As Climate Talks Start, U.K. Is Burning the Most Coal in Eight Months
(Bloomberg) -- World leaders meeting in Scotland for climate talks this week are meant to be talking about how to consign coal to history, but the host nation itself is turning to the dirtiest fossil fuel for power.
The U.K. is burning the most coal since March, with network operator National Grid Plc asking Drax Group Plc’s and Electricite de France SA to fire up coal stations to meet rising demand on Tuesday evening. Wind speeds have slowed down sharply, leaving the U.K. reliant on burning coal and natural gas.
The shift comes at a tricky time for the U.K., which is pushing countries to commit to reducing carbon emissions at talks in Glasgow. COP26 President Alok Sharma has urged leaders to “consign coal to history,” but G-20 nations have already failed at reaching such deal, opting instead to pledge to end overseas coal financing.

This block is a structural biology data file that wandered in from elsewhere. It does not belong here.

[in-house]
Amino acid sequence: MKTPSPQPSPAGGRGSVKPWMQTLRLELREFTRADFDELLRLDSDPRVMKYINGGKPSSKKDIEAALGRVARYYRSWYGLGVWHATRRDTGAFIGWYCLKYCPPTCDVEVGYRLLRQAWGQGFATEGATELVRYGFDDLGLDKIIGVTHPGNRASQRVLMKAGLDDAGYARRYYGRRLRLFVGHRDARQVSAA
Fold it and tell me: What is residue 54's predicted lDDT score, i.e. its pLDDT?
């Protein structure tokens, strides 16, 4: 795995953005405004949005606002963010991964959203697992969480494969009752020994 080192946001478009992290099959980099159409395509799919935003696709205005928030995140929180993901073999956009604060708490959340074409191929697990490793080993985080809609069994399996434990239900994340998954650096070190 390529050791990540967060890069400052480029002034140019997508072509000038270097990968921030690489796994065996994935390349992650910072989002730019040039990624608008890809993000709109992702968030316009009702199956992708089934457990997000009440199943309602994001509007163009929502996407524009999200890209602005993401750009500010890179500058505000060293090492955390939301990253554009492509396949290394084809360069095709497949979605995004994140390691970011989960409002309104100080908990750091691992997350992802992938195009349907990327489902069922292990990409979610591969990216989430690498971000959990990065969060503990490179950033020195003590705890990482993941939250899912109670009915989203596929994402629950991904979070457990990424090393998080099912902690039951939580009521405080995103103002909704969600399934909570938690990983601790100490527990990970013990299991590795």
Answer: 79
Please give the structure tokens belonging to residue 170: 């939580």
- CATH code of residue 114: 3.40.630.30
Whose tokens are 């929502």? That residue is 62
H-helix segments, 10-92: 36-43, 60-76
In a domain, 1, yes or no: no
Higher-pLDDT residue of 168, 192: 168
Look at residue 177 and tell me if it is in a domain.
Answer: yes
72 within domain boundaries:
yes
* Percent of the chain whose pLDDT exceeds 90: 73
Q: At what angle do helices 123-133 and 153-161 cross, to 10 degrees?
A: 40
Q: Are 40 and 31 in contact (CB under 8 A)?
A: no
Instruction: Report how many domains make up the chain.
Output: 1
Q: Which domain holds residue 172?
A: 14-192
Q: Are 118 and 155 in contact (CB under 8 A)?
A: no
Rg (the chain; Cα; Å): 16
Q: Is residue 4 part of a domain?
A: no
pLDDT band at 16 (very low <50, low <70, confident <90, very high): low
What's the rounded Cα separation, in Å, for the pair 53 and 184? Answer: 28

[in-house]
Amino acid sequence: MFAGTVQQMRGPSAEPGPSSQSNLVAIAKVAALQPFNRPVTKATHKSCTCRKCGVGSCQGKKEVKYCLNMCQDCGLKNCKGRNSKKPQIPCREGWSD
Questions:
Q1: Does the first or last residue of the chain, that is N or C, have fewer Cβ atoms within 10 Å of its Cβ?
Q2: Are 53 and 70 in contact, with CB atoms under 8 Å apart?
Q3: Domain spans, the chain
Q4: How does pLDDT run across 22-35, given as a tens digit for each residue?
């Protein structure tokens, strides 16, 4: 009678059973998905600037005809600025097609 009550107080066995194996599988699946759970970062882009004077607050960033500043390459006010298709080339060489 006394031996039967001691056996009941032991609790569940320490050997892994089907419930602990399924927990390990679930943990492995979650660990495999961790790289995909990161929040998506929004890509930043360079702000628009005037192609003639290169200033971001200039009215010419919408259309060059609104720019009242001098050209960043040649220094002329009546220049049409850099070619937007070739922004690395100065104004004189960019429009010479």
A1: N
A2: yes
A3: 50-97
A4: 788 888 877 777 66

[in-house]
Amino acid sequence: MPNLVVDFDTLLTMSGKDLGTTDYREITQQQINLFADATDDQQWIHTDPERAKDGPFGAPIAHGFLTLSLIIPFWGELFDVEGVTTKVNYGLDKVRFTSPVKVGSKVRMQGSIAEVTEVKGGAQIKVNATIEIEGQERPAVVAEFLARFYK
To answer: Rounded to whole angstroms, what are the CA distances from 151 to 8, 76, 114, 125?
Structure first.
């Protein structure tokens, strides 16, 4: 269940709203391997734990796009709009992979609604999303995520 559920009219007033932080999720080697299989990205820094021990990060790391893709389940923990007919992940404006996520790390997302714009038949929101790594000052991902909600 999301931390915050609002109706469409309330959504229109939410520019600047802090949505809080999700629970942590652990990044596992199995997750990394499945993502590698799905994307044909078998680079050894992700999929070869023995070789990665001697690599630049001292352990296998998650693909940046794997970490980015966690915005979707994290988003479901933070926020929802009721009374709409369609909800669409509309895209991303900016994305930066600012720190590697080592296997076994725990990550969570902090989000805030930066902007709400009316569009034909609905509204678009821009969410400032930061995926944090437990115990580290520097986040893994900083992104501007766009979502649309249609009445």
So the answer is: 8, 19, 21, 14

Drax and EDF’s West Burton coal-fired stations are being paid about 4,000 pounds ($5,444) a megawatt-hour to supply electricity in the balancing market, grid data showed.
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